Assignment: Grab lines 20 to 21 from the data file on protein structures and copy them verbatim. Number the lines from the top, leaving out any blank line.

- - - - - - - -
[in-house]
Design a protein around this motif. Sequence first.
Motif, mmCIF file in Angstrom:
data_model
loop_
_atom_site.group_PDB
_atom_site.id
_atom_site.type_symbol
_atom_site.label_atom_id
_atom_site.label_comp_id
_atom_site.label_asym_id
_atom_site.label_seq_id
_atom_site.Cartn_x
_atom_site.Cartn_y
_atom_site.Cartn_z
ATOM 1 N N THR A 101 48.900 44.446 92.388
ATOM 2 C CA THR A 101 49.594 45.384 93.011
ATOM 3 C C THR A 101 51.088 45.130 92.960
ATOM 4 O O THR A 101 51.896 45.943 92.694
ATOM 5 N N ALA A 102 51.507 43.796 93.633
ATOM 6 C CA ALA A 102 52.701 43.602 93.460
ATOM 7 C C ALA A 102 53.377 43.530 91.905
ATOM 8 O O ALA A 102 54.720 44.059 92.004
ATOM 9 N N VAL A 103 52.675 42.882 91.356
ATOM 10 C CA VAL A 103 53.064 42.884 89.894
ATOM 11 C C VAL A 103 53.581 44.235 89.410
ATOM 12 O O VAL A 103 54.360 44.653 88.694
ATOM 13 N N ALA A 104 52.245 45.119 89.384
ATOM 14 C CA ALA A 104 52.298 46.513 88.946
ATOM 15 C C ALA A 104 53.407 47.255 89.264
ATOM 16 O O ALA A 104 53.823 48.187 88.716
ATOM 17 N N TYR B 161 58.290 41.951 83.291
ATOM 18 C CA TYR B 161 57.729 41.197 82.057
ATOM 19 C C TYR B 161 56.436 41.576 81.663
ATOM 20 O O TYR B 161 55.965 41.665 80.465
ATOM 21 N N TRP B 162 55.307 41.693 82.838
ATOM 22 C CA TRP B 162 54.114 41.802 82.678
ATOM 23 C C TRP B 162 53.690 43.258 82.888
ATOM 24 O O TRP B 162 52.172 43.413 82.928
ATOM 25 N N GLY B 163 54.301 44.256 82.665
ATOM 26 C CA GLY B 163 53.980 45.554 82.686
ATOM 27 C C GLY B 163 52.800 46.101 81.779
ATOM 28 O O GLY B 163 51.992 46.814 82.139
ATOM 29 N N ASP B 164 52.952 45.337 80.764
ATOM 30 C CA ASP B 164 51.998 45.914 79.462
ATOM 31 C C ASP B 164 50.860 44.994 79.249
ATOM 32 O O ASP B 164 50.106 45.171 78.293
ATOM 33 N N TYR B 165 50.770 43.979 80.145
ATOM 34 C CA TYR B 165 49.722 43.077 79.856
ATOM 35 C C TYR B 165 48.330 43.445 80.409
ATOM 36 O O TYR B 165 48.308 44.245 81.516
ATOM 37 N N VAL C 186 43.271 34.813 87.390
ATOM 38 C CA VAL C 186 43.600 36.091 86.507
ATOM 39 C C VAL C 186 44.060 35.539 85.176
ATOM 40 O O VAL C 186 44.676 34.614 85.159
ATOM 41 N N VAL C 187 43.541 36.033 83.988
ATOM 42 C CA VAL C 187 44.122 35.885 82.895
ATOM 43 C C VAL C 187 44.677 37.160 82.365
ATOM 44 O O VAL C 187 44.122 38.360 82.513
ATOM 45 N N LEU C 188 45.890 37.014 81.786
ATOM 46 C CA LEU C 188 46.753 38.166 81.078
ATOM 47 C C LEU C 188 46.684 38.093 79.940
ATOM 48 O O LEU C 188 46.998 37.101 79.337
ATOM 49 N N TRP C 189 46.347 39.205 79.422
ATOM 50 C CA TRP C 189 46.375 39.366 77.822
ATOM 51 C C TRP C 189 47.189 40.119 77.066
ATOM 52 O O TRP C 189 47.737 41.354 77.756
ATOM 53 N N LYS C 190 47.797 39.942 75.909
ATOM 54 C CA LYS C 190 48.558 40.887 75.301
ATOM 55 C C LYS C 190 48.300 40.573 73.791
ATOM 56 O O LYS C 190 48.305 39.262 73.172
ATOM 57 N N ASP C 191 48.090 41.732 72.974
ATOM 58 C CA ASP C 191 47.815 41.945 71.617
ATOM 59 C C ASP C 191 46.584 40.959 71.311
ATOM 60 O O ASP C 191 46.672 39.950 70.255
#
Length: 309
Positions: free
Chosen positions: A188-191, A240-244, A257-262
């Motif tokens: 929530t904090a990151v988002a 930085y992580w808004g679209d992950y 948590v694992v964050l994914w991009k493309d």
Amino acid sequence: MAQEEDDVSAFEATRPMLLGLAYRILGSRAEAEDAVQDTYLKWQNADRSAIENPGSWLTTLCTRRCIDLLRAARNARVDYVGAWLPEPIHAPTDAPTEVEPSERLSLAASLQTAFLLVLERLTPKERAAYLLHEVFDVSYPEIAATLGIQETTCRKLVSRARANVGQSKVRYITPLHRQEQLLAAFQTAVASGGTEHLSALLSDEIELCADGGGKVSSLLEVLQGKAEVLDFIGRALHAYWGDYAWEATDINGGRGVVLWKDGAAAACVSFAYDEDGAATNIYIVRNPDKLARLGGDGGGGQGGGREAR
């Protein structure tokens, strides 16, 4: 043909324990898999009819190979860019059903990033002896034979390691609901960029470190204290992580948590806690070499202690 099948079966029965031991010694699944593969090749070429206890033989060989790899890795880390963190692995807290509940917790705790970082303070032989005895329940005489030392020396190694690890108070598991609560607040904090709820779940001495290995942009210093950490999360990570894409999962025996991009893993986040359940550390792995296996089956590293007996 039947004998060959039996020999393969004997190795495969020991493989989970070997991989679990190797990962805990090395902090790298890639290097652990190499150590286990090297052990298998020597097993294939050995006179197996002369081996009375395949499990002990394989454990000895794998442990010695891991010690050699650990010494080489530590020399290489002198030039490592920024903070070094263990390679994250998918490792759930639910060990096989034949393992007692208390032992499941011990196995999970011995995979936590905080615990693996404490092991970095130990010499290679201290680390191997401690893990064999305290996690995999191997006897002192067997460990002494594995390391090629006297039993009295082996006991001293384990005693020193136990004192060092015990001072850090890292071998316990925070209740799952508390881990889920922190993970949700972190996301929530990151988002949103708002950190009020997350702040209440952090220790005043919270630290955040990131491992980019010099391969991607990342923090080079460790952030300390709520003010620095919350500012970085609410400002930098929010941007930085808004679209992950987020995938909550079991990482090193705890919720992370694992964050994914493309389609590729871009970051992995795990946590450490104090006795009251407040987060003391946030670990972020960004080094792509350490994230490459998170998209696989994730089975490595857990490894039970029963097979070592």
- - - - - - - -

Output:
ATOM 5 N N ALA A 102 51.507 43.796 93.633
ATOM 6 C CA ALA A 102 52.701 43.602 93.460